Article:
Aurora Public Library’s Richard and Gina Santori Library will host an opening reception for an exhibit featuring Hmong Americans from 5:30 to 8:30 p.m. on Friday, Feb. 2, in the John C. Dunham Atrium.
The exhibit, which will run through Feb. 25, is the Pick Museum of Anthropology’s “Storytelling: Hmong American Voices.”
Originally developed by the Northern Illinois University Museum, the exhibit was developed with a Hmong Community Advisory Council and debuted at the Pick Museum in 2016.
“Working with the Hmong American community to collaboratively develop this exhibit has been a truly eye-opening experience for me,” Pick Museum curator Laura McDowell Hopper said. “I’ve been continually touched and surprised by the Hmong Community Advisory Council’s willingness to share their stories, material, culture and family photos for display. The Council Members’ enthusiasm in working with our museum has resulted in a powerful exhibit that offers visitors a glimpse into the successes and challenges of this unique community.”
Through objects and personal stories, the exhibit immerses visitors in Hmong history and culture. Visitors will view traditional clothing, textiles and silverwork jewelry, and learn about concepts of home, spirituality and memory.
The Feb. 2 reception, part of Aurora’s First Fridays celebration, will feature refreshments and a performance by Aurora’s First Hmong Alliance Church Choir. Church members plan to wear traditional Hmong clothing. The program will begin at 5:40 p.m.
Members of the church contributed articles and stories to the exhibit. “We are thrilled to be a part of what NIU is doing to showcase the Hmong in Illinois,” said Asia Yang, the church’s pastor.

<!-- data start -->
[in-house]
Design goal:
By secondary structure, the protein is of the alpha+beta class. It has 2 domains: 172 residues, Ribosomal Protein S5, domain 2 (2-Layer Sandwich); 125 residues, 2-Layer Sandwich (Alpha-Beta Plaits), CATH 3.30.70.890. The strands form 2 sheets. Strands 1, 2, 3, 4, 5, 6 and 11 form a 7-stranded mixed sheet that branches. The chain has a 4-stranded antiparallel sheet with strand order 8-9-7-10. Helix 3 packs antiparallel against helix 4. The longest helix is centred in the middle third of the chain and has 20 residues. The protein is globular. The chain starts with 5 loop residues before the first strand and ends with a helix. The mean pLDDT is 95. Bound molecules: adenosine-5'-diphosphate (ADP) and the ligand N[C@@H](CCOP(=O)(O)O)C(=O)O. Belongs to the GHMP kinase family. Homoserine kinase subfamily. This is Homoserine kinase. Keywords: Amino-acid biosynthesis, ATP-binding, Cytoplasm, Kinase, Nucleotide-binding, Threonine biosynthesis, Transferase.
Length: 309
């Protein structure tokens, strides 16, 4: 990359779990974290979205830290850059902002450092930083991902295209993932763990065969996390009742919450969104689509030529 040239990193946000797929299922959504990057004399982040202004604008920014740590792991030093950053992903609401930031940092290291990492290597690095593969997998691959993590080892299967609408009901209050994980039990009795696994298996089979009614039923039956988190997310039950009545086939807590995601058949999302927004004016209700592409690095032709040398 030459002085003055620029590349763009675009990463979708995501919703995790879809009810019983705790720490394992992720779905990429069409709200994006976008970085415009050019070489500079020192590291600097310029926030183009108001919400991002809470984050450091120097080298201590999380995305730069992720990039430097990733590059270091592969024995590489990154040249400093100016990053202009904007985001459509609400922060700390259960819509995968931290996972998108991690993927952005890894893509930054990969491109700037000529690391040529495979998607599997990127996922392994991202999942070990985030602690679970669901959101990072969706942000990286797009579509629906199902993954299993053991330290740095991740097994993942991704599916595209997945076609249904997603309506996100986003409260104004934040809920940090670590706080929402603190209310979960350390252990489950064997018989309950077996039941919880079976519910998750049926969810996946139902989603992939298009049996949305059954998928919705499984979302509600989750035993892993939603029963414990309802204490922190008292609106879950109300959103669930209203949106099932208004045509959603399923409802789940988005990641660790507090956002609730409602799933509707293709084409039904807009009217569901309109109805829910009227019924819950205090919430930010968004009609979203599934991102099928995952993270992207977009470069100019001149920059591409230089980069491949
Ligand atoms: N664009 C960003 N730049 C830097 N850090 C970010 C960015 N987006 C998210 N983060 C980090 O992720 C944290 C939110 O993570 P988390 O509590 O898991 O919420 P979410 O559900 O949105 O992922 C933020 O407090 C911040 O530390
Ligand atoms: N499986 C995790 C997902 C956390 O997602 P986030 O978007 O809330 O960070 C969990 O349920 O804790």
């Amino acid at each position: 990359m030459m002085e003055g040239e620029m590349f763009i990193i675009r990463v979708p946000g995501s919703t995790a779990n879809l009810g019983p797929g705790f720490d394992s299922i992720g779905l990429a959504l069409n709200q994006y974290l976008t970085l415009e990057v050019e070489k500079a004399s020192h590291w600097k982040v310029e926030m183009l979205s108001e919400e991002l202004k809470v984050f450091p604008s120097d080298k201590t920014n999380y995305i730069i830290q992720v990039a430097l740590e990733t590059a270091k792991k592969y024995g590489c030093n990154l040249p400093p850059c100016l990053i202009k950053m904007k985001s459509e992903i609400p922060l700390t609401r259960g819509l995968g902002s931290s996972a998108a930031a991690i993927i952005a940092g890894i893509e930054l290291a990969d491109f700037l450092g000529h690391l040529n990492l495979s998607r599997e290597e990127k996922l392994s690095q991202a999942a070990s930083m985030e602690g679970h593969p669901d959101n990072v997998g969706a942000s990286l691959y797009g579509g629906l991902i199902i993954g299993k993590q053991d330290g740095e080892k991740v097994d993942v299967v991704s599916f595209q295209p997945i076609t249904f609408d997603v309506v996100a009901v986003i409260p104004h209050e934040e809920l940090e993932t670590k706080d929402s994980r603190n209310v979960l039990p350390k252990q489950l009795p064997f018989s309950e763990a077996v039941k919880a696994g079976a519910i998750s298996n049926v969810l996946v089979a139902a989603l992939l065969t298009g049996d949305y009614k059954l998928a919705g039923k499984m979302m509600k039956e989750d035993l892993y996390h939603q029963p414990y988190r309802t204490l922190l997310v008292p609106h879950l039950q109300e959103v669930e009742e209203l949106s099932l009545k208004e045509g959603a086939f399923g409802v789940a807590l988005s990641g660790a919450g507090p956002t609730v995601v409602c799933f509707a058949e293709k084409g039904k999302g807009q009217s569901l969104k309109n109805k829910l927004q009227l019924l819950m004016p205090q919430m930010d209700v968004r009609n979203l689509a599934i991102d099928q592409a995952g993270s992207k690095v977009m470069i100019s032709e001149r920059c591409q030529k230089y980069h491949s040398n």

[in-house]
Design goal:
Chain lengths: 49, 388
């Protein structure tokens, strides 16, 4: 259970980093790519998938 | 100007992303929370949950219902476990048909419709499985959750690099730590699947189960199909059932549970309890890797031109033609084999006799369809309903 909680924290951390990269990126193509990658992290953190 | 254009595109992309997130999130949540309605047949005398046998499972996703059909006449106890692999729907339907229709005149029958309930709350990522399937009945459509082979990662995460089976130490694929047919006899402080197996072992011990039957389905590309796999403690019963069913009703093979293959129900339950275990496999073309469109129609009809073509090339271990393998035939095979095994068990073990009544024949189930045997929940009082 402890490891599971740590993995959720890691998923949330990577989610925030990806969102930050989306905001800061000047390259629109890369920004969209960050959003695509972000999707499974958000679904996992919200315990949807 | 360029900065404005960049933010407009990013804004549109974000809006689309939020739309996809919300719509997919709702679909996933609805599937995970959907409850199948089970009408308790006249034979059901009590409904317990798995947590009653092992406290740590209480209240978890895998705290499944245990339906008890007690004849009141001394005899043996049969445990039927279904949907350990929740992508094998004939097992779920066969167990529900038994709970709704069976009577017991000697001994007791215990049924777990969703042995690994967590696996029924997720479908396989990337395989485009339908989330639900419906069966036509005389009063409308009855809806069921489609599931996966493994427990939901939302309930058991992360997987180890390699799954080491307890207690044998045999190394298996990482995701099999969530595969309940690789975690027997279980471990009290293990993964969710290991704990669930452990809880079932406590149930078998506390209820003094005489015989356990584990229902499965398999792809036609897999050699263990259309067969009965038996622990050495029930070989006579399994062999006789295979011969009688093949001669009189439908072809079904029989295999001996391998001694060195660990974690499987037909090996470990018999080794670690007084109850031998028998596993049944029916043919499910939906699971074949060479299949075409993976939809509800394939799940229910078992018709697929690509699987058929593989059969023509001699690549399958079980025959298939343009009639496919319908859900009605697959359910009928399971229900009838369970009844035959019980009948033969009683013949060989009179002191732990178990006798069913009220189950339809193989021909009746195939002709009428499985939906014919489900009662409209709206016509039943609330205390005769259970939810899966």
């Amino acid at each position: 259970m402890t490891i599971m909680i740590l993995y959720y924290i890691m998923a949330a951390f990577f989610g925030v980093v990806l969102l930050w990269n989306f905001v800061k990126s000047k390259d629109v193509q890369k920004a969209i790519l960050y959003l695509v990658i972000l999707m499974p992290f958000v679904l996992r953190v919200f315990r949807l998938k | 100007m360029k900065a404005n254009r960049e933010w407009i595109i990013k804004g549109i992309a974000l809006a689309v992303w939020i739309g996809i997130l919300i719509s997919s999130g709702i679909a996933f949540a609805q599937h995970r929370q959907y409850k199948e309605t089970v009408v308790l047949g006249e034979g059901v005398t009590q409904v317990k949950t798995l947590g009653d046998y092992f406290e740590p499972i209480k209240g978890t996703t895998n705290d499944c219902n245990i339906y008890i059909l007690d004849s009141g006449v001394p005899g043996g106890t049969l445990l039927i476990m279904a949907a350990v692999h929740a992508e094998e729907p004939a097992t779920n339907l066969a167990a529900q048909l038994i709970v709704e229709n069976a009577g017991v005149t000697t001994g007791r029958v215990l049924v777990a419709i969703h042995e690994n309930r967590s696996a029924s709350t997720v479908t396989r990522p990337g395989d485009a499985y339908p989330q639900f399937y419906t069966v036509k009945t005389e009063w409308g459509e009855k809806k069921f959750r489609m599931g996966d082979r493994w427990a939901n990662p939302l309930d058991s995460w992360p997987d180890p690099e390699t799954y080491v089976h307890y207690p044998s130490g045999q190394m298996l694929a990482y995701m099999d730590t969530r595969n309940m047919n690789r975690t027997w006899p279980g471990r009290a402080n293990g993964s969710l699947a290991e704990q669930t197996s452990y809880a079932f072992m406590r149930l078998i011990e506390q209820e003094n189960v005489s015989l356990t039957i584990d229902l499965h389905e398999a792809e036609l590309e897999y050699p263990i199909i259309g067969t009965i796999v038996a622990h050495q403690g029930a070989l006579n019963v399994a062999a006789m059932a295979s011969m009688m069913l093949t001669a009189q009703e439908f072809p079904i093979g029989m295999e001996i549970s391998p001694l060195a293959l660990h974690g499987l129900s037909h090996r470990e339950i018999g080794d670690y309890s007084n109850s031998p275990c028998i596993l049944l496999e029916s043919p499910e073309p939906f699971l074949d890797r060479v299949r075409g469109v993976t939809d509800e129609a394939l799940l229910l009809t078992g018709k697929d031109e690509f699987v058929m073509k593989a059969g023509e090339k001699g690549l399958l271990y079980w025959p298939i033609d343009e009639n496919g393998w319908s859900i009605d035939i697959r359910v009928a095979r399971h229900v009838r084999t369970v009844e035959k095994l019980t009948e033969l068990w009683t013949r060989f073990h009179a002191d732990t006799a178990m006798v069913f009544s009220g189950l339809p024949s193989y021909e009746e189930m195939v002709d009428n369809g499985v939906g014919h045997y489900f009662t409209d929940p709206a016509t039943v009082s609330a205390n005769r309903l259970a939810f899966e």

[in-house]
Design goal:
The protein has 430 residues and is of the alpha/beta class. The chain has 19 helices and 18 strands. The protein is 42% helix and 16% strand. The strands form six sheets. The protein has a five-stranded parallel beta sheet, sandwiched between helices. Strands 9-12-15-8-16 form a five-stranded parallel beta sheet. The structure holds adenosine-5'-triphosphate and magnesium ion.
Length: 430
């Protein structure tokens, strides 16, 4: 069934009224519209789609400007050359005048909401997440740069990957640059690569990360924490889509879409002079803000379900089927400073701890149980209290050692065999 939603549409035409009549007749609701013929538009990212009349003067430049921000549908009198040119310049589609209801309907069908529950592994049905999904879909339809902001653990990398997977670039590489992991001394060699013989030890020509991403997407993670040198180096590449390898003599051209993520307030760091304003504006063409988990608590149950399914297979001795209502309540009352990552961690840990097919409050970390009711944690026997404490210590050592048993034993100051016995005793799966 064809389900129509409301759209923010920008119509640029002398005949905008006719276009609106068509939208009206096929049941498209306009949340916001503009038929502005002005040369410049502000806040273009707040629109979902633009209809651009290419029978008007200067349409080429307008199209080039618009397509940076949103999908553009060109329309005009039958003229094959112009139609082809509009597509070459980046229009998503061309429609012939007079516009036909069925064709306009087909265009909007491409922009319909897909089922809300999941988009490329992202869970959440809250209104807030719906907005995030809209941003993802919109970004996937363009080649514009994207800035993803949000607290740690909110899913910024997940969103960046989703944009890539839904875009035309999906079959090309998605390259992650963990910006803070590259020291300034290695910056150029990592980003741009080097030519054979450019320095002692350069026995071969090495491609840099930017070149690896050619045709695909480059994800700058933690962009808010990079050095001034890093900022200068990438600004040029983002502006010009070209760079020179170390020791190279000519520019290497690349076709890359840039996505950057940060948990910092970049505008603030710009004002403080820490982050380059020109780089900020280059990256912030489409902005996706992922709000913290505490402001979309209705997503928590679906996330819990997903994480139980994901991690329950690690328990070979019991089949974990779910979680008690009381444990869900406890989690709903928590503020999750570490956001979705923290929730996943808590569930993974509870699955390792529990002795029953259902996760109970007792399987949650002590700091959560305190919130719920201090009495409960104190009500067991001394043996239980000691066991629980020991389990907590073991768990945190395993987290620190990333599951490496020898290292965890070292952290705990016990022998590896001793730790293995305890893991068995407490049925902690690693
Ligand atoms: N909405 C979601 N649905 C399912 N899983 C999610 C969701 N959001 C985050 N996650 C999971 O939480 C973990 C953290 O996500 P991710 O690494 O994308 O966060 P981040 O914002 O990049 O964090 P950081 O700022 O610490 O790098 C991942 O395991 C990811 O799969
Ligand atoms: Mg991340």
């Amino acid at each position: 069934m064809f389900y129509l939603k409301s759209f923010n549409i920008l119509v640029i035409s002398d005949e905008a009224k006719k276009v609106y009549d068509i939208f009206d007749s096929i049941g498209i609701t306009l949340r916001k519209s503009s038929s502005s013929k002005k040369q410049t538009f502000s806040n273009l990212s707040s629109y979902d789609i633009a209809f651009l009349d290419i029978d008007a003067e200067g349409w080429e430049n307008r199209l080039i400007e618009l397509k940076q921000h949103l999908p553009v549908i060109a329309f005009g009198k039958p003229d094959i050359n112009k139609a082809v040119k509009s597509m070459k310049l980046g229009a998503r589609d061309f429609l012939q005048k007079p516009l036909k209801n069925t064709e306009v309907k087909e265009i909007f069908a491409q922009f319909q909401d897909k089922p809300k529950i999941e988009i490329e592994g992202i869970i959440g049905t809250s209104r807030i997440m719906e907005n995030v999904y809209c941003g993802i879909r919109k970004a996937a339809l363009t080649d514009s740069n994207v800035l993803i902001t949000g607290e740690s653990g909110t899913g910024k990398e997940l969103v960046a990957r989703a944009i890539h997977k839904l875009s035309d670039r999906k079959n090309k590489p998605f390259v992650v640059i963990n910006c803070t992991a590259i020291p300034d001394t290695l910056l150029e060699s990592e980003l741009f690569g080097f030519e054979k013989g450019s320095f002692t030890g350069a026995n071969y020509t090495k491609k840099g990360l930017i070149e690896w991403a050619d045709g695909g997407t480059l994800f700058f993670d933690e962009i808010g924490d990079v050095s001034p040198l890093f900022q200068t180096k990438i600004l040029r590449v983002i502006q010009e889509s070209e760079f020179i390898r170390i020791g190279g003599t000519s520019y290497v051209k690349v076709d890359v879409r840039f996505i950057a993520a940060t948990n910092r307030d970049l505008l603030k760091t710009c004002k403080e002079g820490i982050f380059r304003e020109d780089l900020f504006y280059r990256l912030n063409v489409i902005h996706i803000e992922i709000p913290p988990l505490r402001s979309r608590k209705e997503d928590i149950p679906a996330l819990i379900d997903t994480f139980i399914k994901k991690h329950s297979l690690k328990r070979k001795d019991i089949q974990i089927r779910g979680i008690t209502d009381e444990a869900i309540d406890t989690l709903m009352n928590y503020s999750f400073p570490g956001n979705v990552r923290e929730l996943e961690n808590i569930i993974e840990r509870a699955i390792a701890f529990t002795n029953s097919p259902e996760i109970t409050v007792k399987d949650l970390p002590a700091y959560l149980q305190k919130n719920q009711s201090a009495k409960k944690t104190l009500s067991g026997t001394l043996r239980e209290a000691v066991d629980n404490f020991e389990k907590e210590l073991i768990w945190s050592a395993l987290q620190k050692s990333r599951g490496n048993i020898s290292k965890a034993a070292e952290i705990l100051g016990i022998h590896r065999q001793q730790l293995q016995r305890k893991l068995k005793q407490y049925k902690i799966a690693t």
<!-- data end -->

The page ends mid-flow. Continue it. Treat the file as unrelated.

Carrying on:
“In developing the original Storytelling exhibit, we realized the potential for strengthening our relationship with the Hmong community in Aurora,” said Rachel Drochter, research assistant at the Pick Museum. “When we were given the opportunity by the Dunham Fund to give the exhibit a longer life, our goal was to focus on and bring more visibility to the local Hmong community.
“Aurora is a diverse city with families who have been here for generations as well as folks who represent newer immigrant communities. I think the stories shared by Hmong Americans about their journey to the Midwest and their lives now, will truly resonate with and engage visitors to the Aurora Public Library.”
The event is free and open to the public and is supported by The Dunham Fund and CEP Exhibit Productions as well as Northern Illinois University and the Aurora Public Library.
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